The case of a girl who became pregnant at 11 and had her baby when she was 12 was cited by Children's Commissioner Cindy Kiro today when she made a plea for people to speak up against child abuse.
Dr Kiro said her office was being thwarted by a "wall of silence" protecting people who abuse and kill children.
Today was World Child Abuse Prevention Day, and Dr Kiro said New Zealanders needed to speak up if they witnessed abuse against children and young people, and hold others accountable if they knew they were abusers.
Talking about the girl who gave birth at 12, Dr Kiro said no one in the girl's family would come forward and shed any light on who was responsible.
"What we've done obviously is keep contact with that young girl and keep contact with Child Youth and Family and basically are pursuing that as a case to see what's going on with her," said Dr Kiro.
"But, so far, she's not naming, nobody in the family is stepping up, nobody around her seems to know anything and nobody has been held to account for the fact that an 11-year-old girl is pregnant".
A spokeswoman for Dr Kiro's office said she could not give any more details of the case "obviously because there is a real person involved".
Dr Kiro said while children and young people should tell a trusted adult if they were victims of or witnessed abuse, it was ultimately adults who had to take responsibility.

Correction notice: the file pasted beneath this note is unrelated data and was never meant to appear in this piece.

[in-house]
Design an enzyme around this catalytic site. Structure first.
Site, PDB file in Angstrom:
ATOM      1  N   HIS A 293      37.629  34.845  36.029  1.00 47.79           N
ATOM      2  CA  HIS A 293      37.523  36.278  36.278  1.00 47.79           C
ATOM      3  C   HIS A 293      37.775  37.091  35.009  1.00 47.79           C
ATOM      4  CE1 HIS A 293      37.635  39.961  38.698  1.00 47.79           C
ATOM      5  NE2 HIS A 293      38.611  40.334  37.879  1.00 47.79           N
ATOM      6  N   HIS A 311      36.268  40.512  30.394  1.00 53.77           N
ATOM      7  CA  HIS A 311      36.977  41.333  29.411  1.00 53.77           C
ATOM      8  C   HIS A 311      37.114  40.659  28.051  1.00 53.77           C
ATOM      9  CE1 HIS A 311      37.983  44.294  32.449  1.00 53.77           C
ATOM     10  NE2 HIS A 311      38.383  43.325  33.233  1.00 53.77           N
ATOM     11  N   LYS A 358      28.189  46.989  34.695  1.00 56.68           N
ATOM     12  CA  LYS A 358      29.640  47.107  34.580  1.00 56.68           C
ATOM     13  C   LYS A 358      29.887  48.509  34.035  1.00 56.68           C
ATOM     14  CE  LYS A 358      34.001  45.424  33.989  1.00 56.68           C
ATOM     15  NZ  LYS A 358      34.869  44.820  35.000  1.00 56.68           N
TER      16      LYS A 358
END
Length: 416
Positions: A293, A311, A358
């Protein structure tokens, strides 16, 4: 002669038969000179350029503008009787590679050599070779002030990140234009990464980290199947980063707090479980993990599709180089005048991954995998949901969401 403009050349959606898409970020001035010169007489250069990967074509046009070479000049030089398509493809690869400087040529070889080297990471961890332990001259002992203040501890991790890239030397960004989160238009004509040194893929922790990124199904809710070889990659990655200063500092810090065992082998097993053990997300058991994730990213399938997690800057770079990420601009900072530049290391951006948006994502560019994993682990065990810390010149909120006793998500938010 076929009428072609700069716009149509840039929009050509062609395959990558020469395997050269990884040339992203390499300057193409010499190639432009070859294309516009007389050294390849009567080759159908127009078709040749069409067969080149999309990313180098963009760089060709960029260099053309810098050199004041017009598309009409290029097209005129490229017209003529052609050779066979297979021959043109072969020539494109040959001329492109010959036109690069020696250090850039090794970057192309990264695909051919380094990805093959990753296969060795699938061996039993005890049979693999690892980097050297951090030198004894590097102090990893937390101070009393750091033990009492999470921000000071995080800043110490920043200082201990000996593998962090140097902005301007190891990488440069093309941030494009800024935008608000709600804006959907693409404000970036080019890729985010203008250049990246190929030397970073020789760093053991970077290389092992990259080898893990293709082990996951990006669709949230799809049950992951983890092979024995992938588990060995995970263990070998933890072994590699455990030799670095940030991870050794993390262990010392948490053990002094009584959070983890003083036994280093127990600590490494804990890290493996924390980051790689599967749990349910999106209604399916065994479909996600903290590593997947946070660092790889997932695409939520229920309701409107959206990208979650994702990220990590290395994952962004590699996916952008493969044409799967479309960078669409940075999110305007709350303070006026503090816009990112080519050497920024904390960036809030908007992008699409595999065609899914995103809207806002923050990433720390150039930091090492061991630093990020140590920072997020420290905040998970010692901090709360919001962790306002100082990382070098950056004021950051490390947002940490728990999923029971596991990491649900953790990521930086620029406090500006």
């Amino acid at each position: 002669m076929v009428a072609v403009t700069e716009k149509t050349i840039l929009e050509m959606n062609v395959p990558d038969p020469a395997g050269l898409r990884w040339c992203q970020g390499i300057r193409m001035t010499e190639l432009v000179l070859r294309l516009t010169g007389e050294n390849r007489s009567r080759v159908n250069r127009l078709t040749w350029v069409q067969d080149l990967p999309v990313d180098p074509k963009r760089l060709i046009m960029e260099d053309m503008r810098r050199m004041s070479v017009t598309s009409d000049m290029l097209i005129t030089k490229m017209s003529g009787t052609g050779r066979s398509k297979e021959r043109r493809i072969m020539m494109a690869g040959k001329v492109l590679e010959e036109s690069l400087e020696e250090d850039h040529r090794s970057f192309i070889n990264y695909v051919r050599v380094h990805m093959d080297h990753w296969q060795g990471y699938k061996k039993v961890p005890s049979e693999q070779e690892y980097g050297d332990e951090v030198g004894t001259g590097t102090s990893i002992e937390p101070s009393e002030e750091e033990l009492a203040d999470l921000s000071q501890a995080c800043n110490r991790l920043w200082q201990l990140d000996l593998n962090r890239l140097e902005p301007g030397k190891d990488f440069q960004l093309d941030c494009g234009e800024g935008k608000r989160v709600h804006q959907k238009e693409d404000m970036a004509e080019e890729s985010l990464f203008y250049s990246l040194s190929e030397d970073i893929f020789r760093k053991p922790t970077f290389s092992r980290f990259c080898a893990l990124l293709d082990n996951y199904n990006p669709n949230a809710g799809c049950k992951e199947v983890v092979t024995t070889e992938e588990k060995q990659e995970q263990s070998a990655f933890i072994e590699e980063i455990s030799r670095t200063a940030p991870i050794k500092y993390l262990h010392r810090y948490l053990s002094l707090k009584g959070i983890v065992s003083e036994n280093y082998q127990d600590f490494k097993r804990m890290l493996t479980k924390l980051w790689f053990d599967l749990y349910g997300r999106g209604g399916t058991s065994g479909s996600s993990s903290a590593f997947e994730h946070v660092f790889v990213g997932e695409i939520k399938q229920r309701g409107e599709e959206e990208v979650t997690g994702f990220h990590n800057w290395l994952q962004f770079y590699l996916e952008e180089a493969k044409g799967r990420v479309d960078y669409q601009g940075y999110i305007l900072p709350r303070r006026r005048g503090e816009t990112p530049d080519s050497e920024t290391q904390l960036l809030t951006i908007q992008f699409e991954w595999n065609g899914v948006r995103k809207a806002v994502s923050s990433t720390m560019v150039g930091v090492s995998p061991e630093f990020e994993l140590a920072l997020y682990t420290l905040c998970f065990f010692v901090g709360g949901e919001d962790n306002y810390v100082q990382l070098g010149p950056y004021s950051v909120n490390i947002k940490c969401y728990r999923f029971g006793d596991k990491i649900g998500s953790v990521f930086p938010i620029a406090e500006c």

"New Zealand is at a tipping point where communities are making it clear they will not tolerate child abuse and every adult needs to take responsibility for the physical, emotional and sexual abuse and abuse through neglect of our children," Dr Kiro said.
"We should focus on prevention and intervene when we see child abuse happening. Take action and tell someone. Call the police or Child, Youth and Family Services."
She called on people not to ignore what might be happening in their homes and communities.
"While home should be a haven, for many children around the world it is a lethal place," Dr Kiro said.
"Children suffer violence in their homes, from homicide to life threatening neglect or physical assault; humiliation to sexual violation. Commonly, this abuse is at the hands of family members who should be protecting the children.
"One of the most disturbing aspects of this survey is the finding that the perpetrators are mainly people in positions of trust with the children, including family members and so-called `uncles'."
Dr Kiro said New Zealanders had to change their attitudes and behaviour to become more child-focused.
"Children rely on adults to keep them safe and healthy."